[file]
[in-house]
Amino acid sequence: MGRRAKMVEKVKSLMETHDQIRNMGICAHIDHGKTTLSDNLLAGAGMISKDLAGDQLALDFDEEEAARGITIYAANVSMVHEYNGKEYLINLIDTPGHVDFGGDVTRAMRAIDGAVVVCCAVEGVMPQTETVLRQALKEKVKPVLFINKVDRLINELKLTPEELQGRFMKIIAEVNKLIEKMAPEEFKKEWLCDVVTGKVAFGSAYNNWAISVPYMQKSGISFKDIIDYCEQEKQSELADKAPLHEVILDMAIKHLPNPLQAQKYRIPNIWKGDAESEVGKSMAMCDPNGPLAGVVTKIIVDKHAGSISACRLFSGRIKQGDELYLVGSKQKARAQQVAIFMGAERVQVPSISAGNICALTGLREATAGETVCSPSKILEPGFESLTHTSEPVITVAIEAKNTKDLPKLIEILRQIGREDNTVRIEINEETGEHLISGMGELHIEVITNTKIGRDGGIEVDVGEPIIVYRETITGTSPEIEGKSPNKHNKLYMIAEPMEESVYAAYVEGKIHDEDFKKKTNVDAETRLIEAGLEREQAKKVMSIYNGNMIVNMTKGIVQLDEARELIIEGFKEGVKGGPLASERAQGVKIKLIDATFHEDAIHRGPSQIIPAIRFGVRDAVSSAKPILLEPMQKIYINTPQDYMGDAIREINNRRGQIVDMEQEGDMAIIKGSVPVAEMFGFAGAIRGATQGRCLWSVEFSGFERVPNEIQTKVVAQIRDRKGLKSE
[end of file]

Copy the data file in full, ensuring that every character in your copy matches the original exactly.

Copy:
[in-house]
Amino acid sequence: MGRRAKMVEKVKSLMETHDQIRNMGICAHIDHGKTTLSDNLLAGAGMISKDLAGDQLALDFDEEEAARGITIYAANVSMVHEYNGKEYLINLIDTPGHVDFGGDVTRAMRAIDGAVVVCCAVEGVMPQTETVLRQALKEKVKPVLFINKVDRLINELKLTPEELQGRFMKIIAEVNKLIEKMAPEEFKKEWLCDVVTGKVAFGSAYNNWAISVPYMQKSGISFKDIIDYCEQEKQSELADKAPLHEVILDMAIKHLPNPLQAQKYRIPNIWKGDAESEVGKSMAMCDPNGPLAGVVTKIIVDKHAGSISACRLFSGRIKQGDELYLVGSKQKARAQQVAIFMGAERVQVPSISAGNICALTGLREATAGETVCSPSKILEPGFESLTHTSEPVITVAIEAKNTKDLPKLIEILRQIGREDNTVRIEINEETGEHLISGMGELHIEVITNTKIGRDGGIEVDVGEPIIVYRETITGTSPEIEGKSPNKHNKLYMIAEPMEESVYAAYVEGKIHDEDFKKKTNVDAETRLIEAGLEREQAKKVMSIYNGNMIVNMTKGIVQLDEARELIIEGFKEGVKGGPLASERAQGVKIKLIDATFHEDAIHRGPSQIIPAIRFGVRDAVSSAKPILLEPMQKIYINTPQDYMGDAIREINNRRGQIVDMEQEGDMAIIKGSVPVAEMFGFAGAIRGATQGRCLWSVEFSGFERVPNEIQTKVVAQIRDRKGLKSE